Never point a gun at anything you do not want to shoot. Some may prevent you from safely handling a firearm. When the primer is struck, the gunpowder ignites and forces the projectile of of the casing and down the barrel of the gun.
No distinction should be made between a loaded and "unloaded". Taking proper care of it will also maintain its value and extend its life. And, who knows more about them than a special forces soldier who served in Iraq and Afghanistan?
This material may not be published, broadcast, rewritten or redistributed without prior permission. This one is from the Sporting Shooters Association of Australia :  Treat every gun with the respect due a loaded gun.
Every year, people shoot themselves or others unintentionally, though thankfully these statistics have steady been trending downward. Guns don't fire all by themselves.
4 rules of gun safety poster
This is another rule that applies to recreational shooting and defensive situations. One thing we should all be able to agree upon is that firearms should not be accessible to unauthorized users. I mostly shoot pistols and AR-style rifles, so here's my procedure before using those: Pistols Quickly field strip your pistol to the point you can remove your barrel, then ensure there are no obstructions. Children are most at risk for accidental firearm related injuries. Keep your finger off the trigger. Given my goal of being more safe in more situations, it'd be ironic—and even stupid—of me to not take gun safety incredibly seriously. After 30 seconds, remove and dispose of the cartridge in a safe way. See that the firearm is unloaded. Both have their advantages and disadvantages. Always keep your finger off the trigger and outside the trigger guard until you are ready to shoot. It's important to identify your target, be sure that you want to take a shot, and know what lies behind your target.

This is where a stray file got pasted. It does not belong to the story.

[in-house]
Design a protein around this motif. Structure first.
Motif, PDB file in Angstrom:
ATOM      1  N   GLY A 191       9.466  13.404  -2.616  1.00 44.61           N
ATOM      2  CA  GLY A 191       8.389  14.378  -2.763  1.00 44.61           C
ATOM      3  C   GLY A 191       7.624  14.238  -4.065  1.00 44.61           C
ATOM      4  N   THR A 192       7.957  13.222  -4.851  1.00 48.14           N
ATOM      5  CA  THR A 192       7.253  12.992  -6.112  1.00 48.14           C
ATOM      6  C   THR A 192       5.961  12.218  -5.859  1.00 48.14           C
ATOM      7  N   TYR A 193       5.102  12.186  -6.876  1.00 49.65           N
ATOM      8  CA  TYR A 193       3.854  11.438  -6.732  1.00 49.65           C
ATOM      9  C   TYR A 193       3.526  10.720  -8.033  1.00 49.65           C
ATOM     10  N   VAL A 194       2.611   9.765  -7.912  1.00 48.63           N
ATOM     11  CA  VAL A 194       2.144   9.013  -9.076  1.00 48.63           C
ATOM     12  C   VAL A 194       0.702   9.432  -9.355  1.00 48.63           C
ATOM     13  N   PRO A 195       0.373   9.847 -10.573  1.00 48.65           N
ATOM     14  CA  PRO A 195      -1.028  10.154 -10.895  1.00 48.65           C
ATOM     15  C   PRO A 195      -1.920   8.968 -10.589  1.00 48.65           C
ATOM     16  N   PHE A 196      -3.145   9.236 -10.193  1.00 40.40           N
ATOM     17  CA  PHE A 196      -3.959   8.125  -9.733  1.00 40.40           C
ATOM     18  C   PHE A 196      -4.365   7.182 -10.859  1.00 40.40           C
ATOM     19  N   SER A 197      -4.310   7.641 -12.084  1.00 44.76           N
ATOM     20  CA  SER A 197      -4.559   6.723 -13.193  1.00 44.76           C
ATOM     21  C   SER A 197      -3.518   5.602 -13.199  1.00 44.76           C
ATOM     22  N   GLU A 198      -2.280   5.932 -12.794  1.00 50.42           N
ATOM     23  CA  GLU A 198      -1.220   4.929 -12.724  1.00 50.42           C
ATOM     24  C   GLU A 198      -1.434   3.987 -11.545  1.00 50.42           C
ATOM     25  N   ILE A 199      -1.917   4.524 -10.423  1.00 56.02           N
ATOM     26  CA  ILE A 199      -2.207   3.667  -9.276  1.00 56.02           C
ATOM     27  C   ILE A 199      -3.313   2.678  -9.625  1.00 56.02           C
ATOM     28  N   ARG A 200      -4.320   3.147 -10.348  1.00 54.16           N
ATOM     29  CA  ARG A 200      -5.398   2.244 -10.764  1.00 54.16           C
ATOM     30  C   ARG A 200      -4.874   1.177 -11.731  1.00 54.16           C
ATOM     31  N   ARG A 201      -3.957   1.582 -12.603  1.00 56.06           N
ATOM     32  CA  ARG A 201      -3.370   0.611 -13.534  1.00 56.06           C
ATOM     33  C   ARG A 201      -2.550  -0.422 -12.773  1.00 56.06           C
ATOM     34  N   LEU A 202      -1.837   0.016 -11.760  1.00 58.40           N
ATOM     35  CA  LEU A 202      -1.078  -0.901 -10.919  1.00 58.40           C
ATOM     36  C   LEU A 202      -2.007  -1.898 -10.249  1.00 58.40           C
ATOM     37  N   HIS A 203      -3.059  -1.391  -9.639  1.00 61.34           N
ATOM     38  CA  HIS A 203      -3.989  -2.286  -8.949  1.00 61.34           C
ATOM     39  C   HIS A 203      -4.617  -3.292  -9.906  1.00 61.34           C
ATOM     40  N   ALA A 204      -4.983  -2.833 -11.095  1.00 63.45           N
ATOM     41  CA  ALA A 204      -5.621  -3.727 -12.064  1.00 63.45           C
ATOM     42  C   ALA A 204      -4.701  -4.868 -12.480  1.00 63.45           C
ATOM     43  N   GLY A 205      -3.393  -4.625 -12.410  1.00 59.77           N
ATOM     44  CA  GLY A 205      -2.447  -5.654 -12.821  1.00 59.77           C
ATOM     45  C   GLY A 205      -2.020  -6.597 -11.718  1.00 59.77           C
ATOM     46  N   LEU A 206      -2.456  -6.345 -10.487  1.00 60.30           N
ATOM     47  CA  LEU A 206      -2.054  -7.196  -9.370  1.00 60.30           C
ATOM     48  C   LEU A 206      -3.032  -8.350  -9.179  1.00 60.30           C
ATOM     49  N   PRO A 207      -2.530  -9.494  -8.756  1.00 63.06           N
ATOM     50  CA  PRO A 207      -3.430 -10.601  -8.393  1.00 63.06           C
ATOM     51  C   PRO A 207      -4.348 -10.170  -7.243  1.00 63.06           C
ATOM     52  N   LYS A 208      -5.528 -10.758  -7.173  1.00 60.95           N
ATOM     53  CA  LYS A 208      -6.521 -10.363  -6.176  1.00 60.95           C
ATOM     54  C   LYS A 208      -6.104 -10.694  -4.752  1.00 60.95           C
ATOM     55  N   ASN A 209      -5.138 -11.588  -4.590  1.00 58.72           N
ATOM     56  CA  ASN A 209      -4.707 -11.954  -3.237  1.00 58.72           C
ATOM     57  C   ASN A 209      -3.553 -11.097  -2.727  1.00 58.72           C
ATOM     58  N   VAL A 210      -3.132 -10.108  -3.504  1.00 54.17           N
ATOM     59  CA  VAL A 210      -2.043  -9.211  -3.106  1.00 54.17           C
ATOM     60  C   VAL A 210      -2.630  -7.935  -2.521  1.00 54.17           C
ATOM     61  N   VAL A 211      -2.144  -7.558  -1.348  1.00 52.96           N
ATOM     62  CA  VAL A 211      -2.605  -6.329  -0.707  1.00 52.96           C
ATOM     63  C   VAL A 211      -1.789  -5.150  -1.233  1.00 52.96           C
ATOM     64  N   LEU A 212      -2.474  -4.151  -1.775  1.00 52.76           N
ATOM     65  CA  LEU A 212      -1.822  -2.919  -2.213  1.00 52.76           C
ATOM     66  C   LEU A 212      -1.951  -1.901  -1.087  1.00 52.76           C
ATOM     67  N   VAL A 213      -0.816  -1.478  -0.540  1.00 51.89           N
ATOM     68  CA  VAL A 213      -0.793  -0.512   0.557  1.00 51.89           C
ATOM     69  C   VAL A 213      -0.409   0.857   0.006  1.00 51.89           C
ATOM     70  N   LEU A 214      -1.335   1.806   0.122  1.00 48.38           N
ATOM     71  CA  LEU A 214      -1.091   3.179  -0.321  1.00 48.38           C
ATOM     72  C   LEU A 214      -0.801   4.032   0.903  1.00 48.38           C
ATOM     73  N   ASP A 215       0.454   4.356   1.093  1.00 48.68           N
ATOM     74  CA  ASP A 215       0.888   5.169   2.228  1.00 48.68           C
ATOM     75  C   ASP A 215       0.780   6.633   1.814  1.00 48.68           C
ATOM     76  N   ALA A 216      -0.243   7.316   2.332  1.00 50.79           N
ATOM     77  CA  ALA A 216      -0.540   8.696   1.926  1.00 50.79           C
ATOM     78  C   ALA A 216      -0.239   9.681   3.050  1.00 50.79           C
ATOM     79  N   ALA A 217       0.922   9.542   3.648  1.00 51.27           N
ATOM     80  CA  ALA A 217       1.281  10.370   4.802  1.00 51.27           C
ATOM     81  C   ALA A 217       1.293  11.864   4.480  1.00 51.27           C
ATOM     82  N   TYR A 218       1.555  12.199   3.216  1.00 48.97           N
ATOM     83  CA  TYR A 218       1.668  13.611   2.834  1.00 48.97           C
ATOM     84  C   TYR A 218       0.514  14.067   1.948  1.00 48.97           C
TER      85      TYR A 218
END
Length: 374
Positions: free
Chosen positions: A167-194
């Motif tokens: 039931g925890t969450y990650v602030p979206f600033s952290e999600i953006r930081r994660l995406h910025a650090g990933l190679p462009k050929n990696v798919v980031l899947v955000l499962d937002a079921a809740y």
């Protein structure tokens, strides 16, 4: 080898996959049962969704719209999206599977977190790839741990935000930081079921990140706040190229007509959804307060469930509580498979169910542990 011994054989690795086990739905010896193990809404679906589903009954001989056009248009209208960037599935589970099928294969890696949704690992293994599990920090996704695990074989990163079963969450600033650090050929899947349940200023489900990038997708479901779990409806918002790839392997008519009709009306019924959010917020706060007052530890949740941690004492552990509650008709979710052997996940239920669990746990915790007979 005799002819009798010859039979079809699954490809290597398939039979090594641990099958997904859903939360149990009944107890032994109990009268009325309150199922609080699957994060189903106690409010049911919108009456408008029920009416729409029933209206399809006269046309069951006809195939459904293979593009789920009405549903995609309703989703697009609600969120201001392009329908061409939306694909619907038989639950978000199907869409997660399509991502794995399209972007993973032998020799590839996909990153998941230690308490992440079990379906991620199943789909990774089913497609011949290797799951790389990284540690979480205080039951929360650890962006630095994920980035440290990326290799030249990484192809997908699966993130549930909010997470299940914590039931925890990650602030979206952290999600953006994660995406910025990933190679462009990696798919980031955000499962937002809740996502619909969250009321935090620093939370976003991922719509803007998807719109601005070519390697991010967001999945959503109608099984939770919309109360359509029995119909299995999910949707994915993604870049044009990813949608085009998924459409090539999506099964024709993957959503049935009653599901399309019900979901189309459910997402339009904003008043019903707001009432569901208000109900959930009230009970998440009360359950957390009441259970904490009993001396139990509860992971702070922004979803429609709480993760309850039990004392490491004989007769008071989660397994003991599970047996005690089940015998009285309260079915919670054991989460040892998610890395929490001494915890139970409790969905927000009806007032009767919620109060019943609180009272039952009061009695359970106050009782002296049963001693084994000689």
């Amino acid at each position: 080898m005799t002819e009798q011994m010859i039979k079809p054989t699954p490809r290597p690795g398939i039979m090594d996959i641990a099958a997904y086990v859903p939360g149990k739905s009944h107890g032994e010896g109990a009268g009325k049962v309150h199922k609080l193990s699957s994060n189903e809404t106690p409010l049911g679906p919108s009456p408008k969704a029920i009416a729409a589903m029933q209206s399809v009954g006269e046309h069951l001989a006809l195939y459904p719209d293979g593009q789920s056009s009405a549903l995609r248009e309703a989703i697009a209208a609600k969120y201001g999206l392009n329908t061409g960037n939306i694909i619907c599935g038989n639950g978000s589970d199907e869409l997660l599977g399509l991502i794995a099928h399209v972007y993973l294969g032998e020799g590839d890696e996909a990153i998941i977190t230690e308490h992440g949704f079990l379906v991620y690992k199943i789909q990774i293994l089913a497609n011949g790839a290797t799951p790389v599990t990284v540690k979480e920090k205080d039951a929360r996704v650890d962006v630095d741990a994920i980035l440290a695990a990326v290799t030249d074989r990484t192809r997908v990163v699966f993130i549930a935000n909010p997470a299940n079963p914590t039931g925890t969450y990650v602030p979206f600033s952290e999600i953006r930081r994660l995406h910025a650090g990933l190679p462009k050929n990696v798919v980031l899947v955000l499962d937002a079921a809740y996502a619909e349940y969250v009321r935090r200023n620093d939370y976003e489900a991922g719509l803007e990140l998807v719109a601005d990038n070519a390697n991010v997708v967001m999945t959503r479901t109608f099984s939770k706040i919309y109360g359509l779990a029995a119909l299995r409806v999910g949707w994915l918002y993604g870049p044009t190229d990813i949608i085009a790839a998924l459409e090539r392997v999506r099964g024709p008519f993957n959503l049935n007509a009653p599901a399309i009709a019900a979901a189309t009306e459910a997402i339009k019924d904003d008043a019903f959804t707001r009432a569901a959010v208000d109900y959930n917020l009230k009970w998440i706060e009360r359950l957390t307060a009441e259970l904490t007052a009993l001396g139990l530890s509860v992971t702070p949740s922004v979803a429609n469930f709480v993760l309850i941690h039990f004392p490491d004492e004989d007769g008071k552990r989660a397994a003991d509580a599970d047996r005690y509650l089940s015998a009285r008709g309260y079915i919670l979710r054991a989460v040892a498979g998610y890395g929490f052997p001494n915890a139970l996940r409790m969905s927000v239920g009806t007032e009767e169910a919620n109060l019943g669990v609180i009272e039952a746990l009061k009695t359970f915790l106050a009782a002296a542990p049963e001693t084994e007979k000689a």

Dozens of gun storage devices, as well as locking devices that attach directly to the gun, are available. The trigger guard and the receiver area above the trigger of a firearm presents a natural point for a handler to keep their finger out straight alongside the weapon, so as not to violate this rule.
While you should always also follow Rule 3, you should never assume that you or someone else will keep their finger off the trigger.
5 gun safety rules
No distinction should be made between a loaded and "unloaded". They can also emit debris and hot gasses that could cause eye injury. In the month period following the Sandy Hook Elementary shooting, children aged 14 and under were killed in accidental shooting s; 80 more children than were killed in the tragedy itself. A non-target may pass in front of the target and be hit with a bullet aimed at the target. They can hurt or even kill you or someone you know. Take your time and keep it pointed in a safe direction. For example, at its marksmanship clinics, Project Appleseed requires that a range safety officer RSO uses a weed trimmer line to check each rifle's bore for obstructions prior to its first use for the day. Let's brush up on the safety rules Even with a visibly clear chamber and the magazine off, a gun shall be treated as "always loaded" A close-up of the decocking lever on a Beretta MFS pistol Years of range activity as a shooting instructor allowed me to witness all of the most frequent errors made by shooters — newbies and experts alike — and to come to a better understanding of why it has been necessary to write down the well-established four rules of gun safety that are instrumental in preventing potentially catastrophic accidents when handling firearms. A handler's finger may involuntarily move for any of several reasons: the handler is startled, a lack of full attention on body movements, physiological reasons beyond conscious control such as a spasm, stumbling or falling, or the finger being pushed by something as when trying to holster a handgun with one's finger on the trigger. I'm very much not a fan of people buying firearms then just setting them away in case of a home invasion. Regardless of if the safety is on, you should always keep your finger off the trigger until you're sure you want to fire the gun. Most accidental discharges are caused by the joint effect of stress and lack of proper training. Ensure there are no obstructions.
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